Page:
Navy OLF hearings begin tonight
Published 3:37 pm Monday, March 19, 2007
First of series starts in Swan Quarter,By NIKIE MAYO, News Editor
The Navy kicks off its series of public hearings on the latest outlying landing field study with a meeting tonight in Hyde County.
The meeting will be held at Mattamuskeet Elementary School on Juniper Bay Road in Swan Quarter. It begins with an information session scheduled to run from 4:30-6:30 p.m., at which Navy officials will be available “to provide clarification as necessary” related to the draft follow-up environmental study. The public hearing on the study is scheduled from 7-10 p.m.
The court-ordered study again names Site C — about 34,000 acres on the border of Washington and Beaufort counties — as the Navy’s preferred place to set up shop. The land is about halfway between Virginia Beach, Va., and Havelock, a factor that led to its selection as a spot to train military pilots from Naval Air Station Oceana and Marine Corps Air Station Cherry Point.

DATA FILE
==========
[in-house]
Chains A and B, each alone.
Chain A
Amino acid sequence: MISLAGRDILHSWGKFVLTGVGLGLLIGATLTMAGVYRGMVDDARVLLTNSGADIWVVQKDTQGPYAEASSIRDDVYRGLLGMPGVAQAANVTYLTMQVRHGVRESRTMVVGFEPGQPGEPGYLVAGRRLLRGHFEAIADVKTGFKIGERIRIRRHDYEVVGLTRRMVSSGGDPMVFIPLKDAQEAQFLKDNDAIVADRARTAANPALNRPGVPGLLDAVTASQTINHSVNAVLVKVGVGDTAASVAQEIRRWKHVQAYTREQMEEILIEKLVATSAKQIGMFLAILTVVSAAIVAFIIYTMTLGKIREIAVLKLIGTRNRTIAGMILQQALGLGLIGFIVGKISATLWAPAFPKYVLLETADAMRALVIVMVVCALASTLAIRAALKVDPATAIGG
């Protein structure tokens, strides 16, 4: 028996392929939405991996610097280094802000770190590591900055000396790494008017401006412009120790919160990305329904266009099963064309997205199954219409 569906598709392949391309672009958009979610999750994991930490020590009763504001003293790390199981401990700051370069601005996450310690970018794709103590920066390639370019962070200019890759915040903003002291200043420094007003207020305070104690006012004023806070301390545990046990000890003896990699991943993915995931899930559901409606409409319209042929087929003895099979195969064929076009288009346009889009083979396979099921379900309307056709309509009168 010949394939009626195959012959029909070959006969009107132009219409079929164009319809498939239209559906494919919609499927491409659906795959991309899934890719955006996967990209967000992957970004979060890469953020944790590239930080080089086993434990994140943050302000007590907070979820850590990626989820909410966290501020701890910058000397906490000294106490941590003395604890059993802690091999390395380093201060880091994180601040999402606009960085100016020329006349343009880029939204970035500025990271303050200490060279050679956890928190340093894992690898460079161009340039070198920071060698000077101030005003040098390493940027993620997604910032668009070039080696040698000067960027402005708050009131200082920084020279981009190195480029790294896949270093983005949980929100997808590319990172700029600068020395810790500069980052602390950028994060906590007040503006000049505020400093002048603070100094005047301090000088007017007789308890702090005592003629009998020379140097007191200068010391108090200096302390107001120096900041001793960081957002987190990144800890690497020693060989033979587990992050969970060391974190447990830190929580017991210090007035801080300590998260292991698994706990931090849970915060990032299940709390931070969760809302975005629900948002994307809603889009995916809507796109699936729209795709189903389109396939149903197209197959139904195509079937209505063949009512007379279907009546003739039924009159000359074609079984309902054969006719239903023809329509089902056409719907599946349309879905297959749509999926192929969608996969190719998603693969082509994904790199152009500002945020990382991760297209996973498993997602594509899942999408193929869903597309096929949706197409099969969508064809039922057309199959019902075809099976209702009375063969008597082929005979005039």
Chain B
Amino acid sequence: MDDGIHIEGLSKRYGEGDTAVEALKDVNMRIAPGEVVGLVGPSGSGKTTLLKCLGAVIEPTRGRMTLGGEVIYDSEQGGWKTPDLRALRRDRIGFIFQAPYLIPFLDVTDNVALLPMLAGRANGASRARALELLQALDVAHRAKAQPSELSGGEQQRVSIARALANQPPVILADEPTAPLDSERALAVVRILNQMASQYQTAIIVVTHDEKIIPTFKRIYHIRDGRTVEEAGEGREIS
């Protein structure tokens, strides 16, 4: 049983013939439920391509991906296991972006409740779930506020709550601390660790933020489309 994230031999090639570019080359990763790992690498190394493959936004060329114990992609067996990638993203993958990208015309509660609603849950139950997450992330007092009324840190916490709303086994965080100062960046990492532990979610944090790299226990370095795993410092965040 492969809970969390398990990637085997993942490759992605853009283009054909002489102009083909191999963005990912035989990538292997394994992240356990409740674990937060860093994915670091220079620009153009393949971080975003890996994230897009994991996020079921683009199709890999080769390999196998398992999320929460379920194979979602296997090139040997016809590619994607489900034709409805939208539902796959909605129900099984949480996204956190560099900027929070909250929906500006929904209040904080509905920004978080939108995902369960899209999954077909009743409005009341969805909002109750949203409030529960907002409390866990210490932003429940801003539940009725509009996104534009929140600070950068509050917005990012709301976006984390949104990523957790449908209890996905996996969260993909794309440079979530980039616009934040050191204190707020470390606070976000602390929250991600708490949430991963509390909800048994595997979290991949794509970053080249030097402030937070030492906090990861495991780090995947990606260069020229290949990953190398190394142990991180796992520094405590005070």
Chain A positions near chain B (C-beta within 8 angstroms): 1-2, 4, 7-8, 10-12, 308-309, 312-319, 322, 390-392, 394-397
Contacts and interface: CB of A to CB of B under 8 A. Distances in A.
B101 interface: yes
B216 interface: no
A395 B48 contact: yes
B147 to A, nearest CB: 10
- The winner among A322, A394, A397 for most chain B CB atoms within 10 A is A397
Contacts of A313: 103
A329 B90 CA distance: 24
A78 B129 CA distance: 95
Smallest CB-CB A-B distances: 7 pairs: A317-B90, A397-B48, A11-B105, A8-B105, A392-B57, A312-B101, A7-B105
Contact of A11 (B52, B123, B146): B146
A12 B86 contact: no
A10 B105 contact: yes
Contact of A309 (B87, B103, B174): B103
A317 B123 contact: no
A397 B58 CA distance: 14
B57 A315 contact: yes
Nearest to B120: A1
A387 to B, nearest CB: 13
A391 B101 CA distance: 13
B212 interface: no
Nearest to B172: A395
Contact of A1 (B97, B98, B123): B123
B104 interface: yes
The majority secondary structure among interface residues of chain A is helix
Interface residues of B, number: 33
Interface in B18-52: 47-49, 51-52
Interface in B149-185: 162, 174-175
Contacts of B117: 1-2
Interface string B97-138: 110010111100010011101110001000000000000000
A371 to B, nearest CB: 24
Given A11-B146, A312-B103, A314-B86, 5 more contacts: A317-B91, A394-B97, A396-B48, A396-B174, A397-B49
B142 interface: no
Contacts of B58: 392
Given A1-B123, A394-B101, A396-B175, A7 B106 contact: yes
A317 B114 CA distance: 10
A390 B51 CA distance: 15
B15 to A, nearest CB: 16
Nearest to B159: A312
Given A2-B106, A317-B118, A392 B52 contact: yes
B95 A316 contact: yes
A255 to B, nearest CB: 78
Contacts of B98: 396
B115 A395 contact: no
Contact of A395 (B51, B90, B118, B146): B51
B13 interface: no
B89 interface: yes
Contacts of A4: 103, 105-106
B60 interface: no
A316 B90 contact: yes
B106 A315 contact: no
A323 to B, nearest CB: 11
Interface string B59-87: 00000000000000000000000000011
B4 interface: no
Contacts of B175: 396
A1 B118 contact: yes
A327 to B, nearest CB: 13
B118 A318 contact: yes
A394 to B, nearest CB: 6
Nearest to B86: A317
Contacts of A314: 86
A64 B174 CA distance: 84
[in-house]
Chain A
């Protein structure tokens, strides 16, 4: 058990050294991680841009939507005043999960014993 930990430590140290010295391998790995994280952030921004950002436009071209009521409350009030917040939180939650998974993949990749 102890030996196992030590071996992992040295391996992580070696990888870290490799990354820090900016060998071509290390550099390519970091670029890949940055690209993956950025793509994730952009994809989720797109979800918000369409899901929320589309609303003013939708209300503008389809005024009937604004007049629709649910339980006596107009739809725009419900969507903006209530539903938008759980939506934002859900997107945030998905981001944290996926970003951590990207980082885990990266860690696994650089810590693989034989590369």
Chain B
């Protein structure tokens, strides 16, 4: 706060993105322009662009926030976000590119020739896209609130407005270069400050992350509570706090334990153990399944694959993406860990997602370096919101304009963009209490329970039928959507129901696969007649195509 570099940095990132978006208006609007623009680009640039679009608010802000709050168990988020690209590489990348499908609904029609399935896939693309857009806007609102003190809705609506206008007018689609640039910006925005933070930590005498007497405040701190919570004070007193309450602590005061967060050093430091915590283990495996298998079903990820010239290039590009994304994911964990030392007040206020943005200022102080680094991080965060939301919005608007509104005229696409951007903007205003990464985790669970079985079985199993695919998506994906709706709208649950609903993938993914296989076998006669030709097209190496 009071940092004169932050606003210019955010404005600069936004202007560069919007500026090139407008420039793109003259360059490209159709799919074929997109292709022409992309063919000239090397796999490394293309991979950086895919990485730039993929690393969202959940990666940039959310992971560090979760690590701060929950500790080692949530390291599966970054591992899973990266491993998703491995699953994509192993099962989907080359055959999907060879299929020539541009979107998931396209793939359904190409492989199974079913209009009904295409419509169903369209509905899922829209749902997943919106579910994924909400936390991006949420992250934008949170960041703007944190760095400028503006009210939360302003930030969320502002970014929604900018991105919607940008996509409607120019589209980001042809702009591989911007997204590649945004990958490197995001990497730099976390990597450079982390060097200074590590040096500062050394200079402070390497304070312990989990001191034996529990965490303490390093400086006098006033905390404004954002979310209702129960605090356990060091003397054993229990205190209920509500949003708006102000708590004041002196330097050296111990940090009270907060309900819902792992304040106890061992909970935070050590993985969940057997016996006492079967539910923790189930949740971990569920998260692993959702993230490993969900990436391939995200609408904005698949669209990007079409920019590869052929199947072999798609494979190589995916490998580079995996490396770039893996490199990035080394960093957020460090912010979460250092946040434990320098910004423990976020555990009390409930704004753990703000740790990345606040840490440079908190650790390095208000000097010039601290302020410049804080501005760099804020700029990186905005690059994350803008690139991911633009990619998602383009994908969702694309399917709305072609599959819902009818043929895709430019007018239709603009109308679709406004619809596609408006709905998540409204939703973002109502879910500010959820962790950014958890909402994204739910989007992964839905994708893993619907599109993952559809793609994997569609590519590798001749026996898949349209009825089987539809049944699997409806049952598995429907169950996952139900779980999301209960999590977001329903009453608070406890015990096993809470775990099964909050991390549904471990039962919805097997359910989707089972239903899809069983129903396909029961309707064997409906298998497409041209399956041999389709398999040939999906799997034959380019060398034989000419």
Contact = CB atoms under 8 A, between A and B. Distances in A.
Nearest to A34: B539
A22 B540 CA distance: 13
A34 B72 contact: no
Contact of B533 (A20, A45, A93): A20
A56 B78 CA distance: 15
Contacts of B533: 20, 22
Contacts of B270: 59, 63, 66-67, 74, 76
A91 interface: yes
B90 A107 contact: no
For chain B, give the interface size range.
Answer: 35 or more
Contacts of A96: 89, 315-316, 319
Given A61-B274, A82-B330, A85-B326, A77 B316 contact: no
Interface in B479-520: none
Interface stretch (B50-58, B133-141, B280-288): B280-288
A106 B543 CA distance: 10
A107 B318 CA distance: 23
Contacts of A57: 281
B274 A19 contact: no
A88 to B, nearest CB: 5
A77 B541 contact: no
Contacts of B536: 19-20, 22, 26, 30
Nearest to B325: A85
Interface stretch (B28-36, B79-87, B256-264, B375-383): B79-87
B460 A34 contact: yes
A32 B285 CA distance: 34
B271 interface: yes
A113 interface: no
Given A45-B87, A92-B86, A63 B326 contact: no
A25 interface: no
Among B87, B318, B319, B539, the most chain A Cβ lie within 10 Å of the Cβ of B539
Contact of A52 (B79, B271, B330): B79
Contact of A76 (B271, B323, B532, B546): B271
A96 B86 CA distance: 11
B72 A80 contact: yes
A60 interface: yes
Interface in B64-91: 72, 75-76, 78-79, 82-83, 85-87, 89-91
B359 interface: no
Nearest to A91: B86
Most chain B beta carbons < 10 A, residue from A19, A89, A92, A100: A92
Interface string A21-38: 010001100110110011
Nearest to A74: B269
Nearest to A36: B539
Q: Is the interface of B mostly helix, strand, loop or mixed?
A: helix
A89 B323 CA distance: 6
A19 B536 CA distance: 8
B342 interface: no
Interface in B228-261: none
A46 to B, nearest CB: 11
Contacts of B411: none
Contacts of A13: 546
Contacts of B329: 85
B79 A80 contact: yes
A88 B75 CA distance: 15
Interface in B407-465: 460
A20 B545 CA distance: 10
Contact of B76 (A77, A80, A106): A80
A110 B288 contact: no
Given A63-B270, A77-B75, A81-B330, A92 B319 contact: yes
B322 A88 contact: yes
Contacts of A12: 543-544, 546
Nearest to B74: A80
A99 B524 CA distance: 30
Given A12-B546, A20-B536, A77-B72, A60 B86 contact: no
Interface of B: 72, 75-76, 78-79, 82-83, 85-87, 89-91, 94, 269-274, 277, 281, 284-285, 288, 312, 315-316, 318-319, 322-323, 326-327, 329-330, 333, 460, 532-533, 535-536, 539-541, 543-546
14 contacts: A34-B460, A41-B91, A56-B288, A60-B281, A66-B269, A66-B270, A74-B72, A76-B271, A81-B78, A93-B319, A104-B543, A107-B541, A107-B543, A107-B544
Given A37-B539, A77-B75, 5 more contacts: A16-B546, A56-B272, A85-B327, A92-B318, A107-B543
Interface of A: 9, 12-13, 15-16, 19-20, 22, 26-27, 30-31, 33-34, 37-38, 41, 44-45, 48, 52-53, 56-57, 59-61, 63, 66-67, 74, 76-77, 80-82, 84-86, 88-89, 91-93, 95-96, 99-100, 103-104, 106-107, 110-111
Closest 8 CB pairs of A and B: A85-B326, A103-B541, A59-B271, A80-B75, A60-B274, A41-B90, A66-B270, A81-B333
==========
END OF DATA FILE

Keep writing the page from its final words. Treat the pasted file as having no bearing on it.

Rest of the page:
But the Navy considered four alternative sites — including one in Engelhard not far from the Mattamuskeet National Wildlife Refuge in Hyde County. Hearings are set for each county that has a potential site.
An up-close encounter with thousands of Hyde County tundra swans in December 2005 forced a Navy pilot to abandon his test flights there. Navy officials said then that they knew such an encounter was a possibility because it was the peak of the migratory waterfowl season and the pilot flew during the morning hours — peak feeding time. Though similar flights were planned for January and February 2006, the Navy scrapped those plans in Hyde.
About one-third of Hyde County’s land is already federally owned, and putting an OLF there would put another 3 percent of its acreage in the government’s grasp.
Rear Admiral David Anderson said he wanted “to reiterate that a decision has not been made” about the site of the proposed OLF when he spoke at a Navy-called press conference at Cherry Point last month.
But Anderson was not able to name the military’s second choice for a landing field he says is necessary to train its pilots.